Friday January 27, 2006 (Audio) Homily by Fr. Robert Altier    Third Week in Ordinary Time

 

Reading (2 Samuel 11:1-4a, 5-10a, 13-17)   Gospel (St. Mark 4:26-34)

 

In the first reading today, we hear the very well known and tragic story about the fall of David, as his lust overcomes him and his idea of power in being the king is such that he thinks he can just send and have this woman come to him, and then, of course, violate her as he did. And that not being enough, he then has her husband murdered in order to try to cover up his own sin. Tomorrow in the reading, we will hear how God sends Nathan the prophet to tell David that he knows exactly what had happened. At that point, we see the repentance of David for what happened.

 

But we also see a typically human problem, and we also see a problem we are having in a very profound way today. The typically human thing is to try to hide what it is we have done.  We know what we have done is wrong and we are ashamed of what we have done, so we try to hide it. It does not work. Remember what we heard yesterday in the Gospel, that there is nothing hidden which will not be revealed. The Lord has come precisely to bring the things of the darkness out into the light so we will be able to be free of them. Rather than try to hide the things we have done, we need to make sure we bring it all to the Lord – that it is confessed, that it is out – so that we can be forgiven and the stuff can be removed from our souls. Then we can be free. We have to understand that as long as we keep all this hidden inside, the devil is able to have a field day with us because he can hold it against us. But as long as we get it out and we confess our sins, the devil has no authority because we will simply be able to acknowledge that we have already confessed it and God has forgiven us.

 

The other half of the problem we are dealing with today in the nature of sin, and we see this particularly in our young people, is that something is only a sin if you get caught. In other words, you can go ahead and do whatever you want, as long you do not get caught. But the sin was to get caught, not the act of having sinned. We have everything backwards. A lot of the young people today, because of the circumstances of the TV set and the video games and the movies and all the things they do, their consciences are so numb to what is right and wrong that the ultimate sin in today’s society is getting caught. That is the only thing wrong for a young person: not having committed a sin, but getting caught.

 

And that is part of what we see with David. He tries to hide what he did, he does all of these things that are completely wrong trying to cover up his own sin, but then God sends the prophet to David to be able to say, “You are the man. You are the one who did this.” At which point, David repents. He acknowledges what he did, and in that acknowledgement he is forgiven. But that is where the problem comes for a lot of people today; rather than acknowledging the sin they committed, their problem is that they think the sin was to get caught. Therefore, they are not exactly sorry for what they did; they were just sorry they got caught in what they did.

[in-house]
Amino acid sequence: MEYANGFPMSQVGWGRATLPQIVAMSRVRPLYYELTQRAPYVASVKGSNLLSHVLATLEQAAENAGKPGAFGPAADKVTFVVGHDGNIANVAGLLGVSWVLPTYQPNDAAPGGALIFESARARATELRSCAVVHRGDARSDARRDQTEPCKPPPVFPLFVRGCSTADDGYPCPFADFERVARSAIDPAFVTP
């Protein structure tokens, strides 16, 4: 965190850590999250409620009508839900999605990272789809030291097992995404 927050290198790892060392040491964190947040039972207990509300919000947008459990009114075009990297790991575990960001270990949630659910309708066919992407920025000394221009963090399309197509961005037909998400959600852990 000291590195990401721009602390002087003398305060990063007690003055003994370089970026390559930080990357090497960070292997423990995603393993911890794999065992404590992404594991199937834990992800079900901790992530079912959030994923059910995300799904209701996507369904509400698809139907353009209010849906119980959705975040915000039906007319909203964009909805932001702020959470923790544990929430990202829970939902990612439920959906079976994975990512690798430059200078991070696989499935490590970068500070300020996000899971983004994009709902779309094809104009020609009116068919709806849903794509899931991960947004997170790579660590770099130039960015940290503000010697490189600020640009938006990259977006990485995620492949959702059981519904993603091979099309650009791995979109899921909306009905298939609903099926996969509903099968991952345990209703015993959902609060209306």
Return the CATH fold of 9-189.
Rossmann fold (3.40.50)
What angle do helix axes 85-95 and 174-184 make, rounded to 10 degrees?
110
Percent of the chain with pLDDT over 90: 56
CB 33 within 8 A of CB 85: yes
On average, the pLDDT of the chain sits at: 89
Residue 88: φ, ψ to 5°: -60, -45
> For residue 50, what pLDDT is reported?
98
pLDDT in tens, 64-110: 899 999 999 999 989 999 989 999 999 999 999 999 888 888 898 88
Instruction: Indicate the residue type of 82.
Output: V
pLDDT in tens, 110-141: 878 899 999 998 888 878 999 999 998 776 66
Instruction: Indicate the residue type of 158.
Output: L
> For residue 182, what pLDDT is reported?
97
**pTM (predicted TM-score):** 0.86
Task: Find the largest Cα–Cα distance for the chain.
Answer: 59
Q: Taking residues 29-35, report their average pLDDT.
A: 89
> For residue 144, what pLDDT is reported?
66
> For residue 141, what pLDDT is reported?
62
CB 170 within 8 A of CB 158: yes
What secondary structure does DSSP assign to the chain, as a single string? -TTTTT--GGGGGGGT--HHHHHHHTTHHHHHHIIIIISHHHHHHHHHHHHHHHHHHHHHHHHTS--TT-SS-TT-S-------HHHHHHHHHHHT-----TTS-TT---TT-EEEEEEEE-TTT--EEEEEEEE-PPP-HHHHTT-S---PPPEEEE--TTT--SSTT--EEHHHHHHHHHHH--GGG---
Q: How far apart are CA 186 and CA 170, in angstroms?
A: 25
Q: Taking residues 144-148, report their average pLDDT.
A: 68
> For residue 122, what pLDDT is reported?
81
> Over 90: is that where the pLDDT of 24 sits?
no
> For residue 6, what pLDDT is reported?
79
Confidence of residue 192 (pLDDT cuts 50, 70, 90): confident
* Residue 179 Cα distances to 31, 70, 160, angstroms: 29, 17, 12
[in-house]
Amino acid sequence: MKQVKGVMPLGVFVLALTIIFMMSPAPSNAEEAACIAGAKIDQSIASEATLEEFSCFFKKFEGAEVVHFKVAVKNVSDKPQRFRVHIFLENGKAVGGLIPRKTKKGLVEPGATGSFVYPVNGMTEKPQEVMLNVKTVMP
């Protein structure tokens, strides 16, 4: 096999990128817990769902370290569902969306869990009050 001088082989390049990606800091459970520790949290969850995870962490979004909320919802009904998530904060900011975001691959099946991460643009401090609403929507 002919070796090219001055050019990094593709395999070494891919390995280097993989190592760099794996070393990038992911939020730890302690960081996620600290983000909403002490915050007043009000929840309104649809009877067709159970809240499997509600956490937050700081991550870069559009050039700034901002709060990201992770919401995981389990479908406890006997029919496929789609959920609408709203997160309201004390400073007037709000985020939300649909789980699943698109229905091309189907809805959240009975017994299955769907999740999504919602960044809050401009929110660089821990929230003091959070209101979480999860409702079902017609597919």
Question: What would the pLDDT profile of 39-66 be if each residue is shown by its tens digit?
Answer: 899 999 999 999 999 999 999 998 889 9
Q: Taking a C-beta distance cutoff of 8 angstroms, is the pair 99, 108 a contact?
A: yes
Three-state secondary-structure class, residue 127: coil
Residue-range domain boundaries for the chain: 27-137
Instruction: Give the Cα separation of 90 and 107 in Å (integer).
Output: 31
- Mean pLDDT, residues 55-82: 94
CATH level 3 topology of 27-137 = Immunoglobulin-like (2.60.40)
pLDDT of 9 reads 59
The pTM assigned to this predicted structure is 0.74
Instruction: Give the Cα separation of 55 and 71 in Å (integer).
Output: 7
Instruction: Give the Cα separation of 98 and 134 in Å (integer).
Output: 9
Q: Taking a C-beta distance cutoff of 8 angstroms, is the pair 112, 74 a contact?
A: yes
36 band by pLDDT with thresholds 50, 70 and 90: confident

So we see we have an awful lot of work to do to help people get their consciences straight, to be able to recognize what is truly right and wrong. In fact, rather than thinking that being caught is such a horrible sin (it is not at all, of course), what we have to help them understand is that this is truly a gift because God loves them so much that He is trying to get through to them. He allows them to be caught in these ways specifically so they can recognize what it is they have been doing. Now that is hard stuff, but when we look at it, we have to understand it is pure mercy. What would happen if these kids would die with their numb consciences, thinking everything they did they got away with because they did not get caught, and so they are unrepentant for the things they have done? God in His mercy (and, I suspect, in answer to the prayers of a lot of moms) allows these kids to be caught in doing what they are doing precisely in order to try to shake them up, to wake them up, so they can begin to distinguish what the real sin was, and hopefully even to be repentant for the sins they have committed, rather than to think their big mistake was that they did something which allowed themselves to be caught.

 

That is the part we have to be able to provide; not only to be a good example to the young, but also to provide some basic and sound teaching so they can begin to form their consciences properly, so that their consciences will no longer be formed by Hollywood, but hopefully will be formed by the Gospel and the Catechism so they will be formed according to the truth, not according to some agenda that somebody else is trying to push upon them. It is an uphill battle at this point because it has not been done for a long time. Yet the need is great. In fact, the need is grave at this point because a lot of young people have been swept up in the tide which has caused them to have no conscience at all. So we have to pray because if they will be able to acknowledge their sin, they will be able to be forgiven as David was, and as we are. All of us have sinned, all of us have fallen short, but God’s mercy is bigger than we are. We need to beg His mercy not only for the forgiveness of our sins, but that we, as well as everyone else, will be able to see our sinfulness, that we will have the humility and courage to acknowledge our sinfulness so that we can be forgiven, so that our sins will be removed forever.

e is telling us, Thisi s what I want, but I want

 

*  This text was transcribed from the audio recording of a homily by Father Robert Altier with minimal editing.